SCIENTIFIC STUDY IN THE ARCTIC AND ANTARCTIC REGIONS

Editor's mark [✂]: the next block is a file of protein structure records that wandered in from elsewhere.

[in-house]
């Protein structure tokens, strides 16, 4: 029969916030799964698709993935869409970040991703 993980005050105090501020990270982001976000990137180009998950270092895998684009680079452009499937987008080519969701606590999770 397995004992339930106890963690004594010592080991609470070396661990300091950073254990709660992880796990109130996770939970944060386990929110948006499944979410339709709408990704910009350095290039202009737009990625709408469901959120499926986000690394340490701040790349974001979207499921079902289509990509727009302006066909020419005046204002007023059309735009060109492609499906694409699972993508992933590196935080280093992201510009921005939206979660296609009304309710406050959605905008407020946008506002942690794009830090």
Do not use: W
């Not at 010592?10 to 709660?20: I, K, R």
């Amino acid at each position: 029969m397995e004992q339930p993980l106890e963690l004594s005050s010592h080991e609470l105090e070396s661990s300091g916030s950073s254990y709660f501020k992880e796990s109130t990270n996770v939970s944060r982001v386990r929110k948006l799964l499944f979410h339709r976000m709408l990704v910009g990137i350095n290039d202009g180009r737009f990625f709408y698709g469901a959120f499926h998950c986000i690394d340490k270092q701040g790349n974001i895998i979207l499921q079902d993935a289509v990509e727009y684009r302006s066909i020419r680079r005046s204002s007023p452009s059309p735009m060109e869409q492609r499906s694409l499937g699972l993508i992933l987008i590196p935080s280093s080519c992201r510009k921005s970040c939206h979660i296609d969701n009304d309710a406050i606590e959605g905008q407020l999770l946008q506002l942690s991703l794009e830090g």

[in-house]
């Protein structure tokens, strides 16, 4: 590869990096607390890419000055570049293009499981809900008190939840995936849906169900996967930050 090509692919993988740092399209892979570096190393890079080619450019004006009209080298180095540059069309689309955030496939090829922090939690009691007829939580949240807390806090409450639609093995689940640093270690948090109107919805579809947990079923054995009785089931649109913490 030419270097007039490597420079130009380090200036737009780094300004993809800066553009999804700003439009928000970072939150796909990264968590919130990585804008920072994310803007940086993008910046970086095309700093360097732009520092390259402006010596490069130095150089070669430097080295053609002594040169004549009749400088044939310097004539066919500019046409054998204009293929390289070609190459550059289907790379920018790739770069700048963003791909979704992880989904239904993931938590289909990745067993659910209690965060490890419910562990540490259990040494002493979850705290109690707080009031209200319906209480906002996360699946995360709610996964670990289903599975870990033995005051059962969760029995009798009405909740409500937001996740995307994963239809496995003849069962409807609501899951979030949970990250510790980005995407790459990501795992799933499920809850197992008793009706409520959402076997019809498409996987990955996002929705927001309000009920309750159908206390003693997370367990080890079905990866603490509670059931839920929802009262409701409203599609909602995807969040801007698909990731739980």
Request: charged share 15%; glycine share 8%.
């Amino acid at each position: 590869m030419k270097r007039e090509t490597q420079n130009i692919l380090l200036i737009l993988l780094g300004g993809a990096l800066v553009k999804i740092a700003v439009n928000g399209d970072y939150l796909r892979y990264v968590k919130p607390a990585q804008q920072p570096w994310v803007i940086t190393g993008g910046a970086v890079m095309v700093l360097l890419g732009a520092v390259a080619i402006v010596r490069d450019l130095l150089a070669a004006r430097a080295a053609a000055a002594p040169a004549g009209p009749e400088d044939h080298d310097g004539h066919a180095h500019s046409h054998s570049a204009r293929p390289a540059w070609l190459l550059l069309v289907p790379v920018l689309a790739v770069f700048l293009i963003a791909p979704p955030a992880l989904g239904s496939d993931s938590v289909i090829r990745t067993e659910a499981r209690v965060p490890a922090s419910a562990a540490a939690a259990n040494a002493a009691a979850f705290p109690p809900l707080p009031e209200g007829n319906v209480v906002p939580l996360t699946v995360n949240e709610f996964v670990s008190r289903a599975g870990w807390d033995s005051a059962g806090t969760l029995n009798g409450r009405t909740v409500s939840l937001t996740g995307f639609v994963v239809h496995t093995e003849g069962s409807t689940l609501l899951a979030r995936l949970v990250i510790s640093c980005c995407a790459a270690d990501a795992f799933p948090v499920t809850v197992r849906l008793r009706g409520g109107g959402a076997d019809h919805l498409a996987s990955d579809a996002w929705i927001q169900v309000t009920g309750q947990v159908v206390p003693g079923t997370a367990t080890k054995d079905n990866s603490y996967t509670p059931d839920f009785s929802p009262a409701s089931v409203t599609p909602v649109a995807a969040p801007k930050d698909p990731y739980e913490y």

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<ul><li><p>SCIENCE </p><p>AUGUSTFRIEDRICH known seventy-four years, and of Sir Thomas Hungerford for his investigations of the thermodynamics of chem- Holdich, president in 1916-18 of the Royal Geograph- ical processes, has died a t Heidelberg a t eighty-seven ical Society, on November 2, aged eigbty-six years. years of age. </p><p>Scotland, from 1888 until 1921, on October 7, aged PROFESSOR HORSTMANN, </p><p>SCIENTIFIC EVENTS RECENT ACQUISITIONS OF THE BRITISH </p><p>MUSEUM THE London Times reports that, through the gen- </p><p>erosity of Mrs. M. E. Eaton, the department of en-tomology of the British Museum has received the collection of Psychodidae (moth-flies) formed by her late husband, the Reverend A. E. Eaton, and includ- ing over 1,800 pinned specimens and about 200 micro- scope slides. It is probable that the Eaton collection is the largest and most important in existence, includ- ing, as it does, in addition to a complete series of the known British species, much material from Switzer- land, Algeria, Madeira, the Canary Islands and else- where. For thirty years before his death, on March 23, the </p><p>late Mr. Eaton had made the collecting of these little flies his special hobby, paying particular attention to species connected with running water. He had also accumulated extensive notes in preparation for a monograph on the group, and it is hoped that it may be possible to publish some parts of his manuscript. Mr. Robert B. Benson has presented 2,500 speci- </p><p>mens of British sawflies, collected by himself; this donation includes specimens which will be made the types of species new to science, as well as to the col- lection, and fine series of many rare species in excel- lent condition. I n the department of zoology an addition to the col- </p><p>lection of Ungulates is a fine pair of horns of the black rhinoceros (Rhinoceros (Diceros) bicormis bi- cormis), bequeathed to the museum by the late Mr. Henry Allin Martyn. The specimen was shot in Kenya by the testator, and is of exceptional interest in that the rear horn is longer than the front horn. This rhinoceros represents the Keitloa type, which formed the basis for the description of a species known as Rhinoceros keitloa, which kas since been shown to be founded on nothing more than an indi- vidual variation. A fine example of the common porcupine (Hystrix </p><p>cristata) has recently been presented to the same de- partment by the trustees of the Rowland Ward Be- quest. It is mounted in a defensive attitude with its spines erected. Mr. C. D. Soar has presented to the department a </p><p>collection of nearly 600 slides of microscopic prepara- tions of water-mites, forming the material described in the standard monograph, "British Hydracarina," by Mr. Soar and Mr. Williamson, published by the </p><p>Ray Society (1925-29, three volumes). The water- mites, although little known except to amateur mi- croscopists interested in pond life, form a group of animals remarkable for brilliancy of color and eccen- tricities of form. Many in this collection are remark- able examples of the mounter's art. Additions to the department of geology include a </p><p>oast and enlarged model of the tooth of the fossil man Sinamthroptbs pekimemsis from the Pleistocene of China. </p><p>SCIENTIFIC STUDY IN THE ARCTIC AND ANTARCTIC REGIONS </p><p>AN Associated Press despatch from Copenhagen re- ports that plans are well advanced for the scientific study of Arctic and Antarctic phenomena expected to be in evidence with more than usual force during 1932-33, which will be one of the so-called "polar years" which occur only once in every half century. According to D. B. La Cour, director of the Mete- </p><p>orological Institute and president of the program committee selected a t an international meeting of meteorologists in Copenhagen in 1928, the globe al- ready has been divided among the nations interested in the polar year phenomena and each nation has been assigned its sphere of study. Denmark will have three stations in West Green- </p><p>land; Holland is to have an expedition stationed a t Angmagsalik, midway up on the coast of East Greenland; France will have a station on Scoresby Sound, East Greenland, where an expedition .ship has already landed supplies and soientific instru- ments; the United States will have stations in two other parts of Greenland, and Germany will have her station a t Ivigtut. Meanwhile Australia and New Zealand are coop- </p><p>erating with the American investigators who are es- tablishing several stations near the magnetic south pole. These stations will attempt to establish wire- less contact with their colleagues studying north polar conditions, and the simultaneous exchange of meteorological data regarding current conditions in the north and south polar regions is expected to be of immense scientific interest. Other stations are also planned at Spitzbergen, </p><p>Novaya Semlya, Baffin Land and Point Barrow. If possible radio communication will be established be- tween all the stations and data on phenomena simul- taneously checked from many points. The personnel </p></li><li><p>SCIENCE [VOL.LXX, No. 1824 </p><p>of all the expeditions will spend the winter a t their frozen posts. </p><p>THE NATIONAL PARKS F o ~ o w r N a President Hoover's lead in mobilizing </p><p>the industrial and commercial interests of the country in aid of national prosperity, the Secretary of the Interior, Ray Lyman Wilbur, On December 6, 'pened a conference of representatives of the public utilities 'perating in the parks which it is result in increasing the use of these areas by the public generally, and in promoting the of travel funds by our people in the United States rather than abroad. </p><p>The main purpose of the which are periodic and were expected to continue to the follow- ing week, is with the utility methods of furnishing adequate standardized or sim- ilar service in the various parks. 1n concluding his address Secretary Wilbur spoke </p><p>of the educational development that is going on in the parks, saying, however7 that the word educational does not quite express what the service is endeavoring to do. "What we seriously want," he said, "is to make </p><p>botany, zoology1 geology and other natural sciences interesting to the people generally. We want to give them an opportunity in the parks to see just what nature is. We have got together a very interesting group of men studying the effect of the parks, which are really museums of nature, on the thinking of o m people. "The parks should be viewed as great natural re- </p><p>sources rather than circuses where people go to have a good time in the popular meaning of the word. We find the development of this so-called educational phase of the parks is being well received by visitors gener.al1 y ." </p><p>The secretary also paid a tribute to the loyal SUP-port which the great western railway systems have given the government in its tmdeavor to popularize the parks. In concluding, he asked the operators to consider </p><p>(1) the working out of plans that will adequately protect legitimate investments; (2) how a reasonable standardization of service to the public in the various parks may be obtained; (3) means of arriving at uniform rates for similar types of service in all the parks, and (4) the prompt working out and sub- mission to the government of plans for expansion to care for heavy travel. </p><p>A PHILADELPHIA SCIENTIFIC MUSEUM IN MEMORY OF BENJAMIN FRANKLIN </p><p>NEARLY400 leaders of science, industry and civic affairs, according to the New York Times, pledged themselves on December 5 to support the estab-</p><p>lishment in Philadelphia's Parkway, as a memorial to the genius and humanity of Benjamin Franklin, of a great scientific museum, a type of institution which the German Ambassador, Baron von Prittwitz und Gaffron, declared would more to establish peace and progress in humanity than all the work of all the diplomats,, Completed plans for a combined museum and me- </p><p>morial, patterned largely after the Deutsches Mu-seum in Munich and to cost about $5,000,- 000, were presented at a dinner given by cyrus H. K, Cudis, president of the Benjamin Franklin Memorial, Inc., at the Downtown club. Described "as a place not only where learning shall </p><p>be shown in its greatness and power but where learn- ing shall be made the museum project was outlined and praised in addresses and talks made by Dr. Howard McClenahan, secretary of the Frank- lin Institute, which, with the Poor Richard Club, is sponsoringi t ; former Senator George Wharton Pep- per, owen D. Young, ;,bassador von Prittwitz und Gaffron, Pierre de la Blanchetai, of the French Em- bassy, and mayor ~ ~ ~ k ~ ~ . A resolution of support, introduced by Sidney E. </p><p>~ ~ t ~wash adopted.i ~ ~ ~ ~ , A plot of ground, 350 feet square, between Twen- </p><p>tieth and Twenty-first Streets, and valued by Mayor Mackey at about $3,000,000, has been contributed by the city as a site for the memorial, and its sponsors hope to break ground next spring. I t will combine a graphio arts a a Franklin me-morial chamber, museum for displays of bridges, docks, canals and industrial developments, an obser- vatory, library and headquarters for the Franklin In- stitute. Several contributions of $250,000 or more have </p><p>been pledged to the project, but the total in sight has not been announced. Samuel S. Fels has provided for a Zeiss planetarium. In the astronomical section will be a Foucault pendulum shaft in which a pendu- lum will demonstrate the rotation of the earth and a room for the display of Ptolemaic and Copernican planetaria. I t is proposed that the library will be composed of one of the finest scientific selections in the world. ANNUAL EXHIBITION OF THE CARNEGIEINSTITUTION ACCORDING a Science Service to news bulletin of </p><p>the first monument to Captain James Ault, of the Carnegie Institution of Washington, who was killed when his ship, The Carnegie, was destroyed by ex-plosion and fire in Apia Harbor, Samoa, on November 29, will consist of his own work and that of his asso- ciates, which will form a special section a t the insti- tution's annual exhibition, open in Washington from Saturday, December 14, to Monday, December 16. </p></li></ul>